That doesn’t excuse the game’s underlying issues. Its presentation is bland; almost surprising that it isn’t a mobile game with its vapid environment. Characters entail a generic repertoire with minor changes between teammates, hitboxes are awfully placed in animations with certain punches and kicks clipping right through enemies, and levels are way too long. The good that’s come out of Cobra Kai has been its geometrical tendency to allow your character to move freely across the map while in heavy combat. Dynamic use of items surrounding each area allow for some cool quick-time moments that had me howling. Tossing an enemy into a basketball hoop, throwing them into the hood of a car, or through the glass of a display cabinet was ridiculous, but not out of the realm for the Karate Kid universe. Remember Kreese bloodying his fists through those car windows?
Yes it’s quite confusing to admonish then applaud, but Cobra Kai does tend to rely on its quirky elements. I have to hand it to Flux Game Studio, while it may not be a spectacular game it bear’s qualities that make it accessible to variety of players. A cheesy exterior that shows promise in an unorthodox manner. Each confrontation initiates with the familiar beat ’em up, side-scroller halting its progression for an encounter with a swarm of baddies. Heavy and light attacks are stock standard, with special manoeuvres that are unlocked as you complete the first few levels. Overwhelming scenarios with hordes of oncoming foes can be easily cleared by tapping both triggers to activate Miguel’s Shoryuken, an obvious call-back to Street Fighter or Johnny’s Double Lariat, a tribute to Mike Haggar from the Final Fight franchise.
Items such as foldout chairs can be kicked right into an enemy’s fat face, or rubber baseball bats can hit that home run sending your foes flying across the screen. All these mechanics mesh into a unanimous all-out frenzy that washes away any issues had with Cobra Kai’s polarising presentation. Boss battles at the end of each area will put your skills to the test with each overgrown, heavy-handed brute attempting to take down members of your respective team. While tactics may need to change slightly, your fighting style will remain exactly the same in these isolated battle sequences. Some short dialogue to prepare, the confrontation begins, you defeat your enemy and continue the campaign. Quite simple. Enemy drops come in the form of Cobra Coins that can be used for upgrades, but nothing that’s actually going to make a difference.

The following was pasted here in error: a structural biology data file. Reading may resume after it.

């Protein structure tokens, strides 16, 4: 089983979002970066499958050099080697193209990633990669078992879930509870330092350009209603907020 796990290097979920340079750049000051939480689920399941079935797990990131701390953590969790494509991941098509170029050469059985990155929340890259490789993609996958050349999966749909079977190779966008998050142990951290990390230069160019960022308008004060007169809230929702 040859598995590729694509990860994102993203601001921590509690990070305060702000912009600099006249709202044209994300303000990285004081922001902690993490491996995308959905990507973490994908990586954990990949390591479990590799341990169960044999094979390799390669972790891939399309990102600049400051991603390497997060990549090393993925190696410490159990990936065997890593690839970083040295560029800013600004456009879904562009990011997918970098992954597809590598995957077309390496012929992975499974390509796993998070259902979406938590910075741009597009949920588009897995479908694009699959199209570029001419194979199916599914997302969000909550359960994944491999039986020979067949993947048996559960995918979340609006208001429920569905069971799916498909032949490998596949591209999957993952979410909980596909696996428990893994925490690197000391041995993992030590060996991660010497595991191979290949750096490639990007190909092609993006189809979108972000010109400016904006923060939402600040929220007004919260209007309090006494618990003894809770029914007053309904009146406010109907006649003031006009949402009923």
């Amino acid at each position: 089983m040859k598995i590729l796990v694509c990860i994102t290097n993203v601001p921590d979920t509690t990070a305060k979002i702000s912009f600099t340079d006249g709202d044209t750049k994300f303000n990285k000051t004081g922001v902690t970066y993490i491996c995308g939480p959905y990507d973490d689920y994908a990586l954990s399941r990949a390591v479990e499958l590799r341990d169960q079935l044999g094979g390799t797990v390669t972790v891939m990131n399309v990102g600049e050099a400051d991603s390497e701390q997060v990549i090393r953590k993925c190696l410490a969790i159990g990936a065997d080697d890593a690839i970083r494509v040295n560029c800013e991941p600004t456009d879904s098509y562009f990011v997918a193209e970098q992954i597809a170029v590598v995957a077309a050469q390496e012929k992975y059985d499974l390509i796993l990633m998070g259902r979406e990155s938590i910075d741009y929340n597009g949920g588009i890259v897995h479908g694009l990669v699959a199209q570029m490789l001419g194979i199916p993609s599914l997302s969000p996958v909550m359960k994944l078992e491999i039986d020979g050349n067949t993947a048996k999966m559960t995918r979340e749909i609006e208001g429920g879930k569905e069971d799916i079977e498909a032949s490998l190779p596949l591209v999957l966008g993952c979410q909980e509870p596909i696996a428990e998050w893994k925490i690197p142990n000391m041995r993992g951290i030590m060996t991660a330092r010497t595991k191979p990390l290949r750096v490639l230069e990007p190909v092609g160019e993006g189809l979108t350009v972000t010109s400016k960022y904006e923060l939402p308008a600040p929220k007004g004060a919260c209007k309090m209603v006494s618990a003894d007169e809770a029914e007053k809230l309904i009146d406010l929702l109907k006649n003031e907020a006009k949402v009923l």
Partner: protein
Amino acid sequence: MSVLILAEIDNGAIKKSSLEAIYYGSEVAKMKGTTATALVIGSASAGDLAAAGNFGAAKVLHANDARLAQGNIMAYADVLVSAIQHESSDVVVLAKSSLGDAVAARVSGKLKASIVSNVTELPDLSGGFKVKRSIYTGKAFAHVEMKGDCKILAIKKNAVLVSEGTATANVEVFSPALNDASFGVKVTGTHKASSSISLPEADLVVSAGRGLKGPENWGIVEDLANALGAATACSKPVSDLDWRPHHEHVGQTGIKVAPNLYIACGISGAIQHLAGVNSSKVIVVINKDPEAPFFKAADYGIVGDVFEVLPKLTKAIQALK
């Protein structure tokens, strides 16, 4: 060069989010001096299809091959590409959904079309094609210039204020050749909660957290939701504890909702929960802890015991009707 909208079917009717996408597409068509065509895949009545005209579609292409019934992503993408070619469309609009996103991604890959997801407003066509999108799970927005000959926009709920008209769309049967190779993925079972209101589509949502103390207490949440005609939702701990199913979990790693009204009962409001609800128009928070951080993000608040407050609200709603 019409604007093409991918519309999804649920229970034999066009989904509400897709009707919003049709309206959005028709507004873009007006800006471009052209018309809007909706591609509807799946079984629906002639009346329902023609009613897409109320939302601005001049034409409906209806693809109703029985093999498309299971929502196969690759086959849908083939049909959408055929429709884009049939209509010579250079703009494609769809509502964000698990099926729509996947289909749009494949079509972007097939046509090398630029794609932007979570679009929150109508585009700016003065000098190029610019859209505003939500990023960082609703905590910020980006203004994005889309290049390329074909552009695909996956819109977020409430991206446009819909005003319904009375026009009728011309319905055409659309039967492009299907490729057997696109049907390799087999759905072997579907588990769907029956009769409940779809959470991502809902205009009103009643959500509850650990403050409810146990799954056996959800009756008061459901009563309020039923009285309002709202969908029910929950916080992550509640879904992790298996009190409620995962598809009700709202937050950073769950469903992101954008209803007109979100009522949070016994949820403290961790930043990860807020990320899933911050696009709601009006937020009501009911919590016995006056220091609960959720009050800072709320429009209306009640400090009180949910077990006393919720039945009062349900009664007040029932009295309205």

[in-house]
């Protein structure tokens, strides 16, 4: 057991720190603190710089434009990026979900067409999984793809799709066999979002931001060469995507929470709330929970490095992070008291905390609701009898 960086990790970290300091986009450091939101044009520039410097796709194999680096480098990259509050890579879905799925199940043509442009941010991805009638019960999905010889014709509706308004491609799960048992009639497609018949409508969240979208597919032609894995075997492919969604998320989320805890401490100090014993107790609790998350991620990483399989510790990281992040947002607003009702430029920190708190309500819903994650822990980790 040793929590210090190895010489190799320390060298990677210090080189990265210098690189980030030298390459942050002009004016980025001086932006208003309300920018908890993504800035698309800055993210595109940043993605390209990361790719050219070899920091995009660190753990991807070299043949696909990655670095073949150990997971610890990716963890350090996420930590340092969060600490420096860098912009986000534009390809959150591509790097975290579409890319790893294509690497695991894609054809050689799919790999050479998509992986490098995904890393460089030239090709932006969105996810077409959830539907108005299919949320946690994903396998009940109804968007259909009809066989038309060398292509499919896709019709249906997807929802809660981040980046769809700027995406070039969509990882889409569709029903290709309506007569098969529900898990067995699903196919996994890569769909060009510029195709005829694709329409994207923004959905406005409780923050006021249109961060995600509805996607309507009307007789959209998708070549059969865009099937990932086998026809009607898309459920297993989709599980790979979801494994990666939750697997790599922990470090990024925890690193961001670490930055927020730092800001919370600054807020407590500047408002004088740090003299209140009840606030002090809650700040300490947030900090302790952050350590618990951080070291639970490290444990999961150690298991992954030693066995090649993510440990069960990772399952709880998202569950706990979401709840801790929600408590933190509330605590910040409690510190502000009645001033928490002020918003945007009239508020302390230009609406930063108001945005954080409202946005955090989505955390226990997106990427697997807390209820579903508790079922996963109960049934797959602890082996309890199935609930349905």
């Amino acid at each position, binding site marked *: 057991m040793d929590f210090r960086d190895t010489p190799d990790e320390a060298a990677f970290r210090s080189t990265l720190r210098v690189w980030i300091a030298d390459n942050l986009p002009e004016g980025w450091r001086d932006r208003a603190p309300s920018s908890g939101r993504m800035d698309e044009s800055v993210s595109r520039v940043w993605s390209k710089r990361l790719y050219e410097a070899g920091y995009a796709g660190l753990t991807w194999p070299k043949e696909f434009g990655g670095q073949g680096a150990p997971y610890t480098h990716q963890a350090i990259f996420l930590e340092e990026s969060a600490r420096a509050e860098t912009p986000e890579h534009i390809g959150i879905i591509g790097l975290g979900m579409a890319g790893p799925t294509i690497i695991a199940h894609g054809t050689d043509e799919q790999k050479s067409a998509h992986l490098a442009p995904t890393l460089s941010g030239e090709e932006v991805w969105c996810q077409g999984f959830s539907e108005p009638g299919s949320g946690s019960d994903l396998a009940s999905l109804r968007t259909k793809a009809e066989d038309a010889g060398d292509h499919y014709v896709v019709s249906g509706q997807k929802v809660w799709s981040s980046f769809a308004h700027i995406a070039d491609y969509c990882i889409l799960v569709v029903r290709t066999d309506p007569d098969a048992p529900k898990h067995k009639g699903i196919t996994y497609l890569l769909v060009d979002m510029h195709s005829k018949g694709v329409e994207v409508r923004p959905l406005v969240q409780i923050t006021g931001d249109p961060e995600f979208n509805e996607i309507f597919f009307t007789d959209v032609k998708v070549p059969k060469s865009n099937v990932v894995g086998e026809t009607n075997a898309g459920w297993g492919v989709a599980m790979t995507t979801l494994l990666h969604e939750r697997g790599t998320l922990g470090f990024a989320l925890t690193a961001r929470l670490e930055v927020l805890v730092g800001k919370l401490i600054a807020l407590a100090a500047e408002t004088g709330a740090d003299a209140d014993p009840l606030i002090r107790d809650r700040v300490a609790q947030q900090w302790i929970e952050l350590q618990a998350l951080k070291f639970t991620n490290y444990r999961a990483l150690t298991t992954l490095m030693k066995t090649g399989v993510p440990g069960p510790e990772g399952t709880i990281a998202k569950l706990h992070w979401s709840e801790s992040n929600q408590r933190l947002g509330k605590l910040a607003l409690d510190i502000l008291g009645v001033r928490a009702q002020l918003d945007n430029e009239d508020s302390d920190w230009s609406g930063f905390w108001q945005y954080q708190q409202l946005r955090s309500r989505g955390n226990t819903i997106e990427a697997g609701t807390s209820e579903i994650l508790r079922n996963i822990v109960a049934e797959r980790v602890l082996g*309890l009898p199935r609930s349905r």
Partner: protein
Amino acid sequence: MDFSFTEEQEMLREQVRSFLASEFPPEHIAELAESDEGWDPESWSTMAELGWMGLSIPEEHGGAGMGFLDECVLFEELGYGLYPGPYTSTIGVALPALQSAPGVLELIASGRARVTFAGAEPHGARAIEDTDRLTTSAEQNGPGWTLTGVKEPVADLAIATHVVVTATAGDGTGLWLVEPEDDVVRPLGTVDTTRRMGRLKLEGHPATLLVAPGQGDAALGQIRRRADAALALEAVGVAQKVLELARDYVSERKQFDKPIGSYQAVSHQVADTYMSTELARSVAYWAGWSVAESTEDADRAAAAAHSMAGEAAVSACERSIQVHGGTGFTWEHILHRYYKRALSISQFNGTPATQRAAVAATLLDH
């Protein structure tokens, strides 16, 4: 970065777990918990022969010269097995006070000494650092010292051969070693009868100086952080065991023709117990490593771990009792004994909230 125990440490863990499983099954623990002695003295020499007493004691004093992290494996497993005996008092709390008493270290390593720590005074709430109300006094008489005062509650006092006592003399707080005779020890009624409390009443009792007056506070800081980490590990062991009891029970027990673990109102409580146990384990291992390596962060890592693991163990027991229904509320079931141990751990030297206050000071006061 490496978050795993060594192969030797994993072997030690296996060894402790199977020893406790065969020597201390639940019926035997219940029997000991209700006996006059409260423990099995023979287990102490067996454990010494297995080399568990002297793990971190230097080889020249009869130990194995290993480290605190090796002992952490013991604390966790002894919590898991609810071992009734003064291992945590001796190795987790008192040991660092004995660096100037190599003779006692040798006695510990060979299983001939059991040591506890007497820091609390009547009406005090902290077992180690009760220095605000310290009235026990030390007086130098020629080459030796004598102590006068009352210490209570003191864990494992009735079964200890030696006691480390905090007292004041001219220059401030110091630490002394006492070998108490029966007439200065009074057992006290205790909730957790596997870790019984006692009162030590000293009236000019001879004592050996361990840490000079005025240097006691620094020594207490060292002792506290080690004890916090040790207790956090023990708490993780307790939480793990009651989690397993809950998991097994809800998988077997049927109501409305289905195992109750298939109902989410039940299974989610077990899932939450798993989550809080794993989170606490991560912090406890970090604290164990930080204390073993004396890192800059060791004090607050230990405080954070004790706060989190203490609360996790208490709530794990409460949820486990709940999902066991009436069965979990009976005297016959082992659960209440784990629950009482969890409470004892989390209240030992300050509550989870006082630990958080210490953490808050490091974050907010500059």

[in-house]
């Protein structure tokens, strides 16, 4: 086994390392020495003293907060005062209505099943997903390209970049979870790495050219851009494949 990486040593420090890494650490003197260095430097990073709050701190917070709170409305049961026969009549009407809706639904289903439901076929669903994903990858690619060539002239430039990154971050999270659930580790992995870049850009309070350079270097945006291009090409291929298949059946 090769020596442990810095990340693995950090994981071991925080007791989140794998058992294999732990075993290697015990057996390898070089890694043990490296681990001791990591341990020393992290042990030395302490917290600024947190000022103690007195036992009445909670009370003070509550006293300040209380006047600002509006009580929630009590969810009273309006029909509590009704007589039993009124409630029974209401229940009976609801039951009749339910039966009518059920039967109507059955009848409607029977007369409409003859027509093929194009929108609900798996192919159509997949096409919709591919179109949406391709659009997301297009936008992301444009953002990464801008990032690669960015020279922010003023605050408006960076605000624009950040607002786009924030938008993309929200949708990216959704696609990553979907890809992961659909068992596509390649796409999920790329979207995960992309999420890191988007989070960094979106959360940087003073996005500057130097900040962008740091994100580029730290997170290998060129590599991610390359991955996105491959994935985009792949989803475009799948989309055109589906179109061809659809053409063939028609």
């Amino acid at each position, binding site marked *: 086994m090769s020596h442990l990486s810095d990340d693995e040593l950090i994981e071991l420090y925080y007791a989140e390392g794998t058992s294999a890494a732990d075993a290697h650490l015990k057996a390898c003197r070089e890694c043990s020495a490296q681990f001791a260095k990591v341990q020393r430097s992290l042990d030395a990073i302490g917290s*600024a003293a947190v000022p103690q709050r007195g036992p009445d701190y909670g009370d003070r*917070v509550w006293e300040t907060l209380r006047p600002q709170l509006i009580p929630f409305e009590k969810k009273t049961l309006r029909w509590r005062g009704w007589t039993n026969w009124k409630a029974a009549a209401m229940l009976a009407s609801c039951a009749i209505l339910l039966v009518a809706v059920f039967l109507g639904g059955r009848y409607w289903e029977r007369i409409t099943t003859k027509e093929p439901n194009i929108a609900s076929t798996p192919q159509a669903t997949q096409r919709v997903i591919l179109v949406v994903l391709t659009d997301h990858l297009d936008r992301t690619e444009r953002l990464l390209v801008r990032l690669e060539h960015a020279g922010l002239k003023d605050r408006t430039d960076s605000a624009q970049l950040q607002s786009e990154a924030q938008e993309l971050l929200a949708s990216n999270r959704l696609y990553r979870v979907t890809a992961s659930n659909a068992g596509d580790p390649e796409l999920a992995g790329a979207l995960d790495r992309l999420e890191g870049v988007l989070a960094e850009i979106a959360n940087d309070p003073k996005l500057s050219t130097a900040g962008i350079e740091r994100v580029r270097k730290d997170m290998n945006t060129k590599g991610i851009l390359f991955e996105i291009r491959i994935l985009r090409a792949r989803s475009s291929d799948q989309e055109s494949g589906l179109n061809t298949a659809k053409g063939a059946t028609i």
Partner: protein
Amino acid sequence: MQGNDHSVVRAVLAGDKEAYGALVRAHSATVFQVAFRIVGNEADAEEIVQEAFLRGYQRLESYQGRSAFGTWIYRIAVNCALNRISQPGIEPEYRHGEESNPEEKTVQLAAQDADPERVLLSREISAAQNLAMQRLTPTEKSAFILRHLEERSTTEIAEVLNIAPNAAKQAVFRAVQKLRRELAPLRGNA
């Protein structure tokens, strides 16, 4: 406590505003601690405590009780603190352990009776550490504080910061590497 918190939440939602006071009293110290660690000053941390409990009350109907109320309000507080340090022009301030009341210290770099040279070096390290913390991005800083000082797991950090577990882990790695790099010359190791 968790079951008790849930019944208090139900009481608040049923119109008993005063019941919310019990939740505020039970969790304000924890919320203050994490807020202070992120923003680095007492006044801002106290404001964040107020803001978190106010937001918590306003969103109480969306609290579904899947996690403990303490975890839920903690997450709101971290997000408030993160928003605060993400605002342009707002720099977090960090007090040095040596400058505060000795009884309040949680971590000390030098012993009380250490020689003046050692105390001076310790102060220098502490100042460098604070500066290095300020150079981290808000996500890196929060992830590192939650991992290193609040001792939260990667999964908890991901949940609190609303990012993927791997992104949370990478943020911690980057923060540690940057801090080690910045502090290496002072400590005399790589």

With all that said, Cobra Kai: The Karate Kid Saga Continues is not your ordinary cash-grab adaptation. Sure, I may be wearing rose-tinted goggles while reviewing this. My undying love for this franchise, and the fanboy in me that adores its comeback has me elated to relive this series all over again. The title itself may bear some problematic concerns, but it does deliver value for those looking for a quick and easy, beat ’em-up to simply slug through. A mindless button-masher that takes little-to-no effort in completing, and one thats pacing is actually not half bad. Yes, a baffling surprise that will have fans confused on how entertaining this game is. It’s no Mortal Kombat, nor is it a River City Girls, but Cobra Kai: The Karate Kid Saga Continues does demonstrate heart in its barefaced approach. Remember, “You trust the quality of what you know, not quantity.”
Cobra Kai - Flux Game Studio
Cobra Kai: The Karate Kid Saga Continues is a side-scrolling beat ’em-up video game based on the American web television series Cobra Kai (in turn based on the film franchise The Karate Kid), developed by Flux Game Studio.